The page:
The Kiss Heard ‘Round the World

Last week two men were at a pub in Central London, having a post-work pint.

Not a surprising, amazing, or interesting thing, by any means. They were on a first date- that’s a little different, maybe, but not really something to raise eyebrows.

So why has this date been on the news from London to Sydney?

They “dared” to kiss each other in a public space.


Still waiting for the punch line? Well, that’s just it- there isn’t one. Which might be why this story is so unfortunate but so important. They weren’t dressed provocatively. They weren’t undressing each other. They were just having a quiet drink and a snog at a pub called the John Snow. This was apparently incredibly offensive, and they were told by the pub’s landlady to leave because it was “obscene”.

Not only that, but it was kicked off by some guy claiming to be the landlord (but wasn’t) who first told them off for kissing and then complained at the bar. And then manhandled one of them trying to get them out. What, could he not look away? And what year is this anyway? The John Snow, for those unfamiliar, is on the edge of Soho in central London- it’s not exactly a gay-free zone.

A lot of people defended the situation maybe the John Snow is just generally anti-PDA- could anyone definitively say that the landlady wouldn’t kick out a straight couple snogging? Actually, yes, I can. Because back when I was dating one ex, the John Snow was basically local to us, and I went in there a lot. I made out with him there, definitely, without any issues, and went on several dates with girls in there, and we made out as well. I was even in there a couple weeks ago with the boy and we kissed. So all that was ok, heterosexual kissing, lesbian kissing. Just not gay male kissing. Well, that sounds like good old fashioned homophobia to me. Simples.

It’s especially offensive that neither the license-holder or the Samuel Smith reps have apologized or even taken the stance that it was a misunderstanding. That just makes it even more clear that they seem to think it’s ok to pick and choose for whom the “rules” apply. Fail.

Considering the amount of homophobia that’s been going around the UK, this is really more, to me, than just fighting for the right to kiss who you like in public. This is about refusing to be put back in the closets, to fight against being told that being queer is just a bedroom issue. I’m not just queer when I’m in bed- I’m queer all the time.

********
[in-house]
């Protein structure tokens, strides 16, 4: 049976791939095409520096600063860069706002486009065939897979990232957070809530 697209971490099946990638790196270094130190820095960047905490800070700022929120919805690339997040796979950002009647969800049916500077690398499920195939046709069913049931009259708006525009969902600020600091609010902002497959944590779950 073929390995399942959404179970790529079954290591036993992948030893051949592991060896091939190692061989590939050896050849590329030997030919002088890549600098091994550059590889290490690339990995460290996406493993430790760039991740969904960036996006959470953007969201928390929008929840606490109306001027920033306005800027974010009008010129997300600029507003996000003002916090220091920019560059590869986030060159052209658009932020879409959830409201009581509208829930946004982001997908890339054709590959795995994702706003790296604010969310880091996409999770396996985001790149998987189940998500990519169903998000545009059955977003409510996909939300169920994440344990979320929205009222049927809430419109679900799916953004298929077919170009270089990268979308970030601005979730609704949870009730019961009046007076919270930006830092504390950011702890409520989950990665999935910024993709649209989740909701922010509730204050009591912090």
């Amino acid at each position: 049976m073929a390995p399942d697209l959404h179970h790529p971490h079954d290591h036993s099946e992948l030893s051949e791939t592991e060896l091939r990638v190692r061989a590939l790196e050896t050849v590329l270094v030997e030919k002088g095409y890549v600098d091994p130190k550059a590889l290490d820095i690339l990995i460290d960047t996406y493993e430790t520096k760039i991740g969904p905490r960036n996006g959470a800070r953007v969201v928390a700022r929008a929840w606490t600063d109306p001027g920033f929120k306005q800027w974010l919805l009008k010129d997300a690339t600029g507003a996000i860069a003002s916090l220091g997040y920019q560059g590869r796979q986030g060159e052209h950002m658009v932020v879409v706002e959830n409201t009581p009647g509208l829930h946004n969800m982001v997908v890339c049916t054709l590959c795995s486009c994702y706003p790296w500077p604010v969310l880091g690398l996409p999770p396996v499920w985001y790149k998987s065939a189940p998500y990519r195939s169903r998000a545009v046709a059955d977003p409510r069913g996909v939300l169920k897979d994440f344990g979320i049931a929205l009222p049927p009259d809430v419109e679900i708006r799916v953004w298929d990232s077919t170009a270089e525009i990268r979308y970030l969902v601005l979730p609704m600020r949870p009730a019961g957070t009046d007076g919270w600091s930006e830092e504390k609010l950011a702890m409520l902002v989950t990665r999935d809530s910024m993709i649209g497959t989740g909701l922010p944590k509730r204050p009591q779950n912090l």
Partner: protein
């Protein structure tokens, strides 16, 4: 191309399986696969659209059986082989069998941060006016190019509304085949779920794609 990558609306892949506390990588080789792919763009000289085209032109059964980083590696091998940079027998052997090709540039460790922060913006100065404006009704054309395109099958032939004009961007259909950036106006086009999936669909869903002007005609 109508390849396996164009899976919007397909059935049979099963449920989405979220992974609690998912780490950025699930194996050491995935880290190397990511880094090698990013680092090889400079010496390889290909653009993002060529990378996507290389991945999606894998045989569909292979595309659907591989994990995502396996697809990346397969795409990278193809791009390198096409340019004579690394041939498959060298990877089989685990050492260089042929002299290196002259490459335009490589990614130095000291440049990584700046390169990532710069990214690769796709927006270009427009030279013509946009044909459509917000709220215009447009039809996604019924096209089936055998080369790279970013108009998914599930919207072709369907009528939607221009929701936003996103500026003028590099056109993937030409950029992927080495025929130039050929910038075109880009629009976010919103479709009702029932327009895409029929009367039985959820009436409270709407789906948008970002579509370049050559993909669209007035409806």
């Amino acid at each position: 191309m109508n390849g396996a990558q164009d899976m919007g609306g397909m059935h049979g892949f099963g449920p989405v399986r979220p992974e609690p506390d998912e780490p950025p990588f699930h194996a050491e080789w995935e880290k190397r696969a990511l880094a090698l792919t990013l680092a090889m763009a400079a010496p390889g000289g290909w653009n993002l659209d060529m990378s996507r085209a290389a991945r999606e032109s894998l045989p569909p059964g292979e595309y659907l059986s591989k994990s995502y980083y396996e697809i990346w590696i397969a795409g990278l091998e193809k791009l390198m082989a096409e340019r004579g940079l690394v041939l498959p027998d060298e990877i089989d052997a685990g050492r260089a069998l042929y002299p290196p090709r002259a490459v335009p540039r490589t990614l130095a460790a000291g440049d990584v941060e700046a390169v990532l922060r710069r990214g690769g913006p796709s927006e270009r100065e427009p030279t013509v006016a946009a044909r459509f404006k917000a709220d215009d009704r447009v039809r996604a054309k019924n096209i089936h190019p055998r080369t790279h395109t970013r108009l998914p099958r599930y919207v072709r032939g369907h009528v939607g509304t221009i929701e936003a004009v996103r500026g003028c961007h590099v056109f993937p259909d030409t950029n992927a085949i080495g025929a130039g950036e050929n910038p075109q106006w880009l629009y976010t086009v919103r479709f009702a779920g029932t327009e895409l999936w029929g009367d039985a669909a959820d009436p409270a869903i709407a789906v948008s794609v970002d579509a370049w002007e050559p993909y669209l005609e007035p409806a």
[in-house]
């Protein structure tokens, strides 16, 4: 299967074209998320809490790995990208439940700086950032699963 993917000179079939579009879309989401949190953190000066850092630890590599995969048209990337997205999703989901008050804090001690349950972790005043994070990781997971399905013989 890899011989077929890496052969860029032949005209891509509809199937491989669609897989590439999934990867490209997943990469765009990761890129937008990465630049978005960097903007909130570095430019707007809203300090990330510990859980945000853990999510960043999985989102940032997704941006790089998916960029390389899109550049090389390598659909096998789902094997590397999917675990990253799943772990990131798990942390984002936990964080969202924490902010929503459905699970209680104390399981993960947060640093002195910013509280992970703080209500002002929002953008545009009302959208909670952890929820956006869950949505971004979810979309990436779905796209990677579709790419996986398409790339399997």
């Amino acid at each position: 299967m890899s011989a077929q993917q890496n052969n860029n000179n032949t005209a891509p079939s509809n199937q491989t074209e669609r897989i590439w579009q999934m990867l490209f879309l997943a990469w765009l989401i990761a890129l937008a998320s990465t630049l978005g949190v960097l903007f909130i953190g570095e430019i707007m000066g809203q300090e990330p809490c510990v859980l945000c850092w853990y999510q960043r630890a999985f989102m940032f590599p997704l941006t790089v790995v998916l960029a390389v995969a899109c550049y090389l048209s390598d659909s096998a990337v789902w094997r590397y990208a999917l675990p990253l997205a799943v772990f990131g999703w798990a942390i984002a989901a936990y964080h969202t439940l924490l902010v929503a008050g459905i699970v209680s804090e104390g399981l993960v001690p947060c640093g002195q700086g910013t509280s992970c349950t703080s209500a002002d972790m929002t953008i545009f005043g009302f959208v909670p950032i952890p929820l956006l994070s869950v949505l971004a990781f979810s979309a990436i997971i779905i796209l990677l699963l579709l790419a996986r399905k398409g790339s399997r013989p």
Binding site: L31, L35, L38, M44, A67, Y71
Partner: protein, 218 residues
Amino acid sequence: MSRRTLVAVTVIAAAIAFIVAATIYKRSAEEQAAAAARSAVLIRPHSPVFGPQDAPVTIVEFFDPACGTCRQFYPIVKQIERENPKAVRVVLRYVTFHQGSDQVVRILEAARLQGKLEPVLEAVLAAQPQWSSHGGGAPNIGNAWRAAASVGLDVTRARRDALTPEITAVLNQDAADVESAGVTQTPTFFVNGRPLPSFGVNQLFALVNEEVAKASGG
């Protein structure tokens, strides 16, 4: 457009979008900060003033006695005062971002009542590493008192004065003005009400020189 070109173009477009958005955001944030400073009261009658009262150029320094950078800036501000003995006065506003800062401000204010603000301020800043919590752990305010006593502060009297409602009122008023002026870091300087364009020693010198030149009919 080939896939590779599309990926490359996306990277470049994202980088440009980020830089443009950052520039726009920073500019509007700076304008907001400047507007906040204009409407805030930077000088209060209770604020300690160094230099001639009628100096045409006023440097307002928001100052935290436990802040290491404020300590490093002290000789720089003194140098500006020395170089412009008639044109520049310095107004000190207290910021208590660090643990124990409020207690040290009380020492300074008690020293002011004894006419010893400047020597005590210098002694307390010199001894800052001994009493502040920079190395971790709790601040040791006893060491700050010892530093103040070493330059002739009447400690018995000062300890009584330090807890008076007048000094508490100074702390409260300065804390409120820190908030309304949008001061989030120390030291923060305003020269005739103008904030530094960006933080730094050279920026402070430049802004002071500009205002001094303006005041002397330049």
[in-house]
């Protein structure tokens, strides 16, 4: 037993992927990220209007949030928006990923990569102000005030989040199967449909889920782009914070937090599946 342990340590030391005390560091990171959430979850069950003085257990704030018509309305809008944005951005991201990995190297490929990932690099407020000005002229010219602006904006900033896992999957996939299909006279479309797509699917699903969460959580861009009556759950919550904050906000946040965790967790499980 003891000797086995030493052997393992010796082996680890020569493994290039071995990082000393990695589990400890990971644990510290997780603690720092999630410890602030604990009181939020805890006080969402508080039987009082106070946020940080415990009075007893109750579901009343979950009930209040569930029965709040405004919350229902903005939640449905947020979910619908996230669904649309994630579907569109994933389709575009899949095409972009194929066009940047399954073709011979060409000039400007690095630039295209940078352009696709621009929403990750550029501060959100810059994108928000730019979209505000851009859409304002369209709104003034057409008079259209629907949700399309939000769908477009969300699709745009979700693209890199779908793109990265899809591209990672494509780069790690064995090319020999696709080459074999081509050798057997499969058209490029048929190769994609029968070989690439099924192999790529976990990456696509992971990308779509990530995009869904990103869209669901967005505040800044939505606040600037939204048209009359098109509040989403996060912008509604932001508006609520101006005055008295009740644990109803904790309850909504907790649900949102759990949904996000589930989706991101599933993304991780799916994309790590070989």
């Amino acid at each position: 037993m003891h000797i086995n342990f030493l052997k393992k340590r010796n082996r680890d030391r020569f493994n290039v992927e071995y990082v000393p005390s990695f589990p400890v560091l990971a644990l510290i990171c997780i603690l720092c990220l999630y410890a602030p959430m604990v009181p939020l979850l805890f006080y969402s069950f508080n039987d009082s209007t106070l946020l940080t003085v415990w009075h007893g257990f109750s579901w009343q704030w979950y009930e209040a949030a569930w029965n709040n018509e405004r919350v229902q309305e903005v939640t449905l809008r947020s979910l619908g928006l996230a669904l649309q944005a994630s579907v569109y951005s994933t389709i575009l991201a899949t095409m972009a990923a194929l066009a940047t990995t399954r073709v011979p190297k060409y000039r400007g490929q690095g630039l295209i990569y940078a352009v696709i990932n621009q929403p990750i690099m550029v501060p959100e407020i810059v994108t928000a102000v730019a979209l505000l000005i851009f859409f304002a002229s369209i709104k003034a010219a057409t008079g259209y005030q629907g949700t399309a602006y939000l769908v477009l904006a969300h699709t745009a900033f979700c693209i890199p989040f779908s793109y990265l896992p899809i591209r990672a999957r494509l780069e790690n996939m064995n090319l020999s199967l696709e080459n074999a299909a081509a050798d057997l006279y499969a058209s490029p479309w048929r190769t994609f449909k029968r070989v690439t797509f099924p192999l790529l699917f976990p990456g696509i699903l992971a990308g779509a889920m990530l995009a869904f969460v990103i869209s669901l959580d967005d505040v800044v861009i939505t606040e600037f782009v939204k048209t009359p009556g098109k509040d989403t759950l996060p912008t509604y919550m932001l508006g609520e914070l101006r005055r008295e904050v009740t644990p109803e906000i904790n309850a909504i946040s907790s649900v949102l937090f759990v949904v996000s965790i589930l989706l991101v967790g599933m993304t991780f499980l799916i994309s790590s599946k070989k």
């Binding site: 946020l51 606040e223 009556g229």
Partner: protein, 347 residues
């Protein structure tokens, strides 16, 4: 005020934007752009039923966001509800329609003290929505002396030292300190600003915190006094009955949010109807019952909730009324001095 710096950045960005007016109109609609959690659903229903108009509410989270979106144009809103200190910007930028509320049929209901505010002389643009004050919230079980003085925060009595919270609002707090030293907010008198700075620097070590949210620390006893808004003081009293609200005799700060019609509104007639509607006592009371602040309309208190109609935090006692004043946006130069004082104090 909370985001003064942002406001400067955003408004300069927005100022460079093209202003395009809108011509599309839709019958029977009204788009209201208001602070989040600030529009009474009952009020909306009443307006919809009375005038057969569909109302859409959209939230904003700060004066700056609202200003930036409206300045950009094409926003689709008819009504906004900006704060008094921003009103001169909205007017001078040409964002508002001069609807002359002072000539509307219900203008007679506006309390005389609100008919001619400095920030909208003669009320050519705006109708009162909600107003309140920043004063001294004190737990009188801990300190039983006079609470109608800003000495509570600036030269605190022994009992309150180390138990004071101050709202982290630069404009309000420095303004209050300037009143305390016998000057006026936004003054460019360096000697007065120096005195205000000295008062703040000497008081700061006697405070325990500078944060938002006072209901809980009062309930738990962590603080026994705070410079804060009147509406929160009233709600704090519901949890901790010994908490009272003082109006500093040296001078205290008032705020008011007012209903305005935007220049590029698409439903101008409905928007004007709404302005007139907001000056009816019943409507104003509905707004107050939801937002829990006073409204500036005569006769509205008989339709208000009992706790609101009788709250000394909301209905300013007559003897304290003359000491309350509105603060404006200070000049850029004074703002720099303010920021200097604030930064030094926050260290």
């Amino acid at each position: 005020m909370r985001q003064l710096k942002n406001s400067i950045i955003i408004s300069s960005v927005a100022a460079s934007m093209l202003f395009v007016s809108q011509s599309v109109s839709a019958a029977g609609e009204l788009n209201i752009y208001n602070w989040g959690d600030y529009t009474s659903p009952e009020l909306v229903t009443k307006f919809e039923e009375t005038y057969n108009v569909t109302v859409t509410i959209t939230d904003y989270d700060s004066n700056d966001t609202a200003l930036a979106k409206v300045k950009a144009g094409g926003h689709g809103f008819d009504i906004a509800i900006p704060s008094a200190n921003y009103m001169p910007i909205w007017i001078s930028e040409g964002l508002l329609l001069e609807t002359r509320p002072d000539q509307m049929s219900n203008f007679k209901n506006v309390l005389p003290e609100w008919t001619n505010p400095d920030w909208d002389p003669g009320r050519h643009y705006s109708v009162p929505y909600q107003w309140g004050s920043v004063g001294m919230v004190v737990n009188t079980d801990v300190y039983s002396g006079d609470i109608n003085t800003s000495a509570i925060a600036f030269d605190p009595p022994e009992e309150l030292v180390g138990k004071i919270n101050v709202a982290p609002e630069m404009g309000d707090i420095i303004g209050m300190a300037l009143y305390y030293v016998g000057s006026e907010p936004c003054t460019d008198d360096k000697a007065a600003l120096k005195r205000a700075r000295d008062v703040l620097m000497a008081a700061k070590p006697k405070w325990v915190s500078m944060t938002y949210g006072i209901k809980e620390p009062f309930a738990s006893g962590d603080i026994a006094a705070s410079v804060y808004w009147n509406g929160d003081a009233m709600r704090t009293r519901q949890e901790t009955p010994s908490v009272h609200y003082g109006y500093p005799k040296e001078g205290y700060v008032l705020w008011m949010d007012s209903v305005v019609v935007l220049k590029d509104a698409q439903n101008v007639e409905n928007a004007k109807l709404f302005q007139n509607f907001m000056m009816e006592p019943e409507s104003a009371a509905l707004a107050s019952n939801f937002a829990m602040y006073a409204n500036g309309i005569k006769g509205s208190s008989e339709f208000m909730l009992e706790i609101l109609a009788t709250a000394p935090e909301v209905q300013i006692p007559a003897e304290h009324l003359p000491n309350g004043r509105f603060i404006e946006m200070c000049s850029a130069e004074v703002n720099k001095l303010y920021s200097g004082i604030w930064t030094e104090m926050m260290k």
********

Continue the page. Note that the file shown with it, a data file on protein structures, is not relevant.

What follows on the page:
I was really pleased, though, because London responded with a Kiss-In. Considering the past few months have had multiple rally/riots, it was awesome to see a bunch of people come together to have a nice time and not just break things. The John Snow, which is a really lovely old pub even if its license holder is a homophobe, was pretty unscathed after the whole thing- no broken windows, no graffiti, just a rainbow flag taped to the door. The Kiss-In made some sort of difference, too, as the pub owners kept it closed all Friday night- a money drain that will make an impact.

What this whole incident has really uncovered though is some more subtle homophobia. For example, some people didn’t believe that the kissing was chaste, even when witnesses said it was on par with typical heterosexual kissing in similar places. Some people sniffed that all public displays of affection should be banned from public areas, the “don’t do it in the streets and scare the horses” approach (though let’s face it, girl on girl snogging will be treated as more acceptable than boy on boy).

But some of the worst (best?) examples was the people suggesting that by staging a kiss-in “gays are just proving they’re slutty”, or that since the John Snow wasn’t specifically a gay pub, it was the men’s own fault they were told off. Because the John Snow doesn’t make a habit of tossing out straight couples making out, it’s not acceptable for them to suddenly change their minds about the “rules” when it’s two gay men. Sorry. And, as this beer blogger points out, maybe they went in there because that pub has a better choice of ciders and they like the reasonable prices, as opposed to many gay pubs that have abysmal taste in booze and crazy expensive drinks to boot.

The police are investigating to see if there’s a discrimination case here. Regardless whether they decide there is or isn’t, it does show that London still has a ways to go.

Kitty Stryker

Kitty Stryker is a geeky sex worker, Burner, rabid writer and feminist activist with one high-heeled boot in San Francisco, California and one in London, England. In London, Stryker worked with the TLC Trust, an online organization connecting people with disabilities with sex workers experienced with emotional or physical limitations. She is the founder of the award-winning Ladies High Tea and Pornography Society, and was nominated by the Erotic Awards as Sex Worker of the Year for her charity and activism work. Now back in the States, Stryker has been presenting Safe/Ward, a workshop on combating entitlement culture within alternative sexual communities, along with being the PR rep for the Bay Area Sex Workers Outreach Project promoting sex worker rights. She has written for Huffington Post, Filament, and Tits and Sass, built a social media strategy for Cleis Press, and consults with sex workers about their online presence. In her copious free time, she enjoys switching things up with her two hot lovers. Read more from Stryker on her personal blog, Purrversatility.

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